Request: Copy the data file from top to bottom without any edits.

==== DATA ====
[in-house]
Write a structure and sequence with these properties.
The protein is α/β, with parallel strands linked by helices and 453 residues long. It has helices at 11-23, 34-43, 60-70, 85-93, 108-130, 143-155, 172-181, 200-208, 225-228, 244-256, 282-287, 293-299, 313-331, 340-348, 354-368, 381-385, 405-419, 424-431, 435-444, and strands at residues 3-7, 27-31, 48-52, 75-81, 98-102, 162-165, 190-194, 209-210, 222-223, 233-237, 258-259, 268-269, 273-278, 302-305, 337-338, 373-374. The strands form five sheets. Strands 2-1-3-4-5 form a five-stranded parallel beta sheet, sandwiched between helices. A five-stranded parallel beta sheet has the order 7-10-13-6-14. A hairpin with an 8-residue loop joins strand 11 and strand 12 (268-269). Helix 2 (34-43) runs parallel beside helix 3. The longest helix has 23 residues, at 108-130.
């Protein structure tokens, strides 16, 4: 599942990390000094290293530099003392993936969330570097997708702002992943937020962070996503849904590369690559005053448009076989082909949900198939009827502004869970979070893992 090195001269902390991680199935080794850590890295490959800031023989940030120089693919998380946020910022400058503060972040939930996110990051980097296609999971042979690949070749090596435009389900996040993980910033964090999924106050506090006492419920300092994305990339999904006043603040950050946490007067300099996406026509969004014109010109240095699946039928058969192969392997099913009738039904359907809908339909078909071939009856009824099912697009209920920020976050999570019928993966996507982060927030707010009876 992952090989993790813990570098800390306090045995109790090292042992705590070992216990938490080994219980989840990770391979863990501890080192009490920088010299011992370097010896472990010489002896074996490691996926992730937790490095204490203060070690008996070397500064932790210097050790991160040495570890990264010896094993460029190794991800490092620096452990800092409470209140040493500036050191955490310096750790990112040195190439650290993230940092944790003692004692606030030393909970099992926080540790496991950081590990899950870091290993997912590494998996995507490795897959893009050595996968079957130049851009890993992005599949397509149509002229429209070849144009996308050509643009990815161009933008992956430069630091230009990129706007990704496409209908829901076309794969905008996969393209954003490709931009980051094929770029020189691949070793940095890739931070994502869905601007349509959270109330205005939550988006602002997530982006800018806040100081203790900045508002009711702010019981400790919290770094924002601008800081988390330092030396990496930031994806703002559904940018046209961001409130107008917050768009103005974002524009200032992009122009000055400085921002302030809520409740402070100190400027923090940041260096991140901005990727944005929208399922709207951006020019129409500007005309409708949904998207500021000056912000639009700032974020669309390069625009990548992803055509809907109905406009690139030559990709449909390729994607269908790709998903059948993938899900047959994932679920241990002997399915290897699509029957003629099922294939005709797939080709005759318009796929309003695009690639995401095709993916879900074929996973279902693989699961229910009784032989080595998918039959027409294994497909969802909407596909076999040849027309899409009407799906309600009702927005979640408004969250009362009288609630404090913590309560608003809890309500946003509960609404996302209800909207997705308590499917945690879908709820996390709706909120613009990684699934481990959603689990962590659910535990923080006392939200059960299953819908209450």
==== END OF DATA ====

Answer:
[in-house]
Write a structure and sequence with these properties.
The protein is α/β, with parallel strands linked by helices and 453 residues long. It has helices at 11-23, 34-43, 60-70, 85-93, 108-130, 143-155, 172-181, 200-208, 225-228, 244-256, 282-287, 293-299, 313-331, 340-348, 354-368, 381-385, 405-419, 424-431, 435-444, and strands at residues 3-7, 27-31, 48-52, 75-81, 98-102, 162-165, 190-194, 209-210, 222-223, 233-237, 258-259, 268-269, 273-278, 302-305, 337-338, 373-374. The strands form five sheets. Strands 2-1-3-4-5 form a five-stranded parallel beta sheet, sandwiched between helices. A five-stranded parallel beta sheet has the order 7-10-13-6-14. A hairpin with an 8-residue loop joins strand 11 and strand 12 (268-269). Helix 2 (34-43) runs parallel beside helix 3. The longest helix has 23 residues, at 108-130.
């Protein structure tokens, strides 16, 4: 599942990390000094290293530099003392993936969330570097997708702002992943937020962070996503849904590369690559005053448009076989082909949900198939009827502004869970979070893992 090195001269902390991680199935080794850590890295490959800031023989940030120089693919998380946020910022400058503060972040939930996110990051980097296609999971042979690949070749090596435009389900996040993980910033964090999924106050506090006492419920300092994305990339999904006043603040950050946490007067300099996406026509969004014109010109240095699946039928058969192969392997099913009738039904359907809908339909078909071939009856009824099912697009209920920020976050999570019928993966996507982060927030707010009876 992952090989993790813990570098800390306090045995109790090292042992705590070992216990938490080994219980989840990770391979863990501890080192009490920088010299011992370097010896472990010489002896074996490691996926992730937790490095204490203060070690008996070397500064932790210097050790991160040495570890990264010896094993460029190794991800490092620096452990800092409470209140040493500036050191955490310096750790990112040195190439650290993230940092944790003692004692606030030393909970099992926080540790496991950081590990899950870091290993997912590494998996995507490795897959893009050595996968079957130049851009890993992005599949397509149509002229429209070849144009996308050509643009990815161009933008992956430069630091230009990129706007990704496409209908829901076309794969905008996969393209954003490709931009980051094929770029020189691949070793940095890739931070994502869905601007349509959270109330205005939550988006602002997530982006800018806040100081203790900045508002009711702010019981400790919290770094924002601008800081988390330092030396990496930031994806703002559904940018046209961001409130107008917050768009103005974002524009200032992009122009000055400085921002302030809520409740402070100190400027923090940041260096991140901005990727944005929208399922709207951006020019129409500007005309409708949904998207500021000056912000639009700032974020669309390069625009990548992803055509809907109905406009690139030559990709449909390729994607269908790709998903059948993938899900047959994932679920241990002997399915290897699509029957003629099922294939005709797939080709005759318009796929309003695009690639995401095709993916879900074929996973279902693989699961229910009784032989080595998918039959027409294994497909969802909407596909076999040849027309899409009407799906309600009702927005979640408004969250009362009288609630404090913590309560608003809890309500946003509960609404996302209800909207997705308590499917945690879908709820996390709706909120613009990684699934481990959603689990962590659910535990923080006392939200059960299953819908209450």